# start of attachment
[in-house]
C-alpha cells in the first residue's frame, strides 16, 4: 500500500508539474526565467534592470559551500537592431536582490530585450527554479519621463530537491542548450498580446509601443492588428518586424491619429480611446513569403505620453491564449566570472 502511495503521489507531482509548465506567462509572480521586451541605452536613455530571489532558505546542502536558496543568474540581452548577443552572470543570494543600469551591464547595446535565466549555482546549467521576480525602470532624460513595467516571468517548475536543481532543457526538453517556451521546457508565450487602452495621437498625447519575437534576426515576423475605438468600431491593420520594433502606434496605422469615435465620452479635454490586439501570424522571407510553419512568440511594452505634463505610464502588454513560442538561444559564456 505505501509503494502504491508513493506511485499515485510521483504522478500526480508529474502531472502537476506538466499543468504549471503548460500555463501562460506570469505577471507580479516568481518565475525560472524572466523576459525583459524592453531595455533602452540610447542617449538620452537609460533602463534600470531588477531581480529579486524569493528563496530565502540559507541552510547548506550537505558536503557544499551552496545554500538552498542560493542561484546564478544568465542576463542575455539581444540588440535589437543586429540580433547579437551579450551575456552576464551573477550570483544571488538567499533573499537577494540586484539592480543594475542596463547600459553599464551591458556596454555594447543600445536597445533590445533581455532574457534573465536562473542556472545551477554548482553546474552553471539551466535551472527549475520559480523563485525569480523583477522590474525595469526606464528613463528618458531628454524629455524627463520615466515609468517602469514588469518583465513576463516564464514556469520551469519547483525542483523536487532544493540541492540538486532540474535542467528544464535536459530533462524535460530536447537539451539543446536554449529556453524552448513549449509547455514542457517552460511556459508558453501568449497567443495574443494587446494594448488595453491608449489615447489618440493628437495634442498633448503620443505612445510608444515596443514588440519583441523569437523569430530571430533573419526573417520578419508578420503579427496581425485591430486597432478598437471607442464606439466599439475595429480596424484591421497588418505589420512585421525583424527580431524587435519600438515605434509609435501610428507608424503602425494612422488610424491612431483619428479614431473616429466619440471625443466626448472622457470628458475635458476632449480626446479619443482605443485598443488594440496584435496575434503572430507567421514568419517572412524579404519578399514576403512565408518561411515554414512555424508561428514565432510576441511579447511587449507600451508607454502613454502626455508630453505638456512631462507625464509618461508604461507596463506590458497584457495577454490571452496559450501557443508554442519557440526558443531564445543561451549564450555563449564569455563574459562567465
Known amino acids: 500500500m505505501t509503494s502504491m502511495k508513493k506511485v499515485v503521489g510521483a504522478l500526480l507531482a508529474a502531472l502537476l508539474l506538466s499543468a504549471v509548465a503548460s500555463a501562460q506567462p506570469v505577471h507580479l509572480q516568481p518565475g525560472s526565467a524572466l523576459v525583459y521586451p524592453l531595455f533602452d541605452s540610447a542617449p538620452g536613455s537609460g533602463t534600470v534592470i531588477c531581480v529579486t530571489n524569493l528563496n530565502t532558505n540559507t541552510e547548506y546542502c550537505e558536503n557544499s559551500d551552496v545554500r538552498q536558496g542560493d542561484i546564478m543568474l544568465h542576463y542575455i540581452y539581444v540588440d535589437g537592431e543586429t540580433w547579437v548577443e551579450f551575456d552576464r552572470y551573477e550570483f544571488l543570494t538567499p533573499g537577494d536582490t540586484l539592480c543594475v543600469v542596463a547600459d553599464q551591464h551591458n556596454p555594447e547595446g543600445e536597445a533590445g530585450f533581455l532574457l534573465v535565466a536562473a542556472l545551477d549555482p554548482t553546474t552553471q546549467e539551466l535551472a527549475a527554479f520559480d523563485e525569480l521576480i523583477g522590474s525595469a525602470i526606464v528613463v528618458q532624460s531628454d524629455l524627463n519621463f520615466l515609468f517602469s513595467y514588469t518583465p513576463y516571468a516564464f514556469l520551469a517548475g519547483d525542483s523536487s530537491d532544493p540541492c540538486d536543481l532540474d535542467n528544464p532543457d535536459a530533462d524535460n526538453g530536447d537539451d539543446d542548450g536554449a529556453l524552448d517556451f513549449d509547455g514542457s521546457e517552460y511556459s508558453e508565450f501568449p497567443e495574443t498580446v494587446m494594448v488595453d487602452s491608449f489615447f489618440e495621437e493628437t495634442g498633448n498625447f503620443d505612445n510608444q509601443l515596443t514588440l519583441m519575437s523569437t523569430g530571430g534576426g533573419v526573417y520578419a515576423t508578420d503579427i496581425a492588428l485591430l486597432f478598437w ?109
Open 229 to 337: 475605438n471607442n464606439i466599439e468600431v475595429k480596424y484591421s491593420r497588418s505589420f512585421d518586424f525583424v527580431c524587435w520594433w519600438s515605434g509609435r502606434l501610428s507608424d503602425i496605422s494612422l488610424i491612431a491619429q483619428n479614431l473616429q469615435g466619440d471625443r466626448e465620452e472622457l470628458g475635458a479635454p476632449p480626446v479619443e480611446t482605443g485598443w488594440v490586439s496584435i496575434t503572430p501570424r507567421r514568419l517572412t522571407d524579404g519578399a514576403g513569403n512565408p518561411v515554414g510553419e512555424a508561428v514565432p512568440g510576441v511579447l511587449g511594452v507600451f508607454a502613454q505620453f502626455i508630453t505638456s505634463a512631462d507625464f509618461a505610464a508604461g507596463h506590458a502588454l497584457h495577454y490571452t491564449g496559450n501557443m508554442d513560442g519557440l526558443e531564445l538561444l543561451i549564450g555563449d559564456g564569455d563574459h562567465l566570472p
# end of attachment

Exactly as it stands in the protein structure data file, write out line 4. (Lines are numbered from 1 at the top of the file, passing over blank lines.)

Open 229 to 337: 475605438n471607442n464606439i466599439e468600431v475595429k480596424y484591421s491593420r497588418s505589420f512585421d518586424f525583424v527580431c524587435w520594433w519600438s515605434g509609435r502606434l501610428s507608424d503602425i496605422s494612422l488610424i491612431a491619429q483619428n479614431l473616429q469615435g466619440d471625443r466626448e465620452e472622457l470628458g475635458a479635454p476632449p480626446v479619443e480611446t482605443g485598443w488594440v490586439s496584435i496575434t503572430p501570424r507567421r514568419l517572412t522571407d524579404g519578399a514576403g513569403n512565408p518561411v515554414g510553419e512555424a508561428v514565432p512568440g510576441v511579447l511587449g511594452v507600451f508607454a502613454q505620453f502626455i508630453t505638456s505634463a512631462d507625464f509618461a505610464a508604461g507596463h506590458a502588454l497584457h495577454y490571452t491564449g496559450n501557443m508554442d513560442g519557440l526558443e531564445l538561444l543561451i549564450g555563449d559564456g564569455d563574459h562567465l566570472p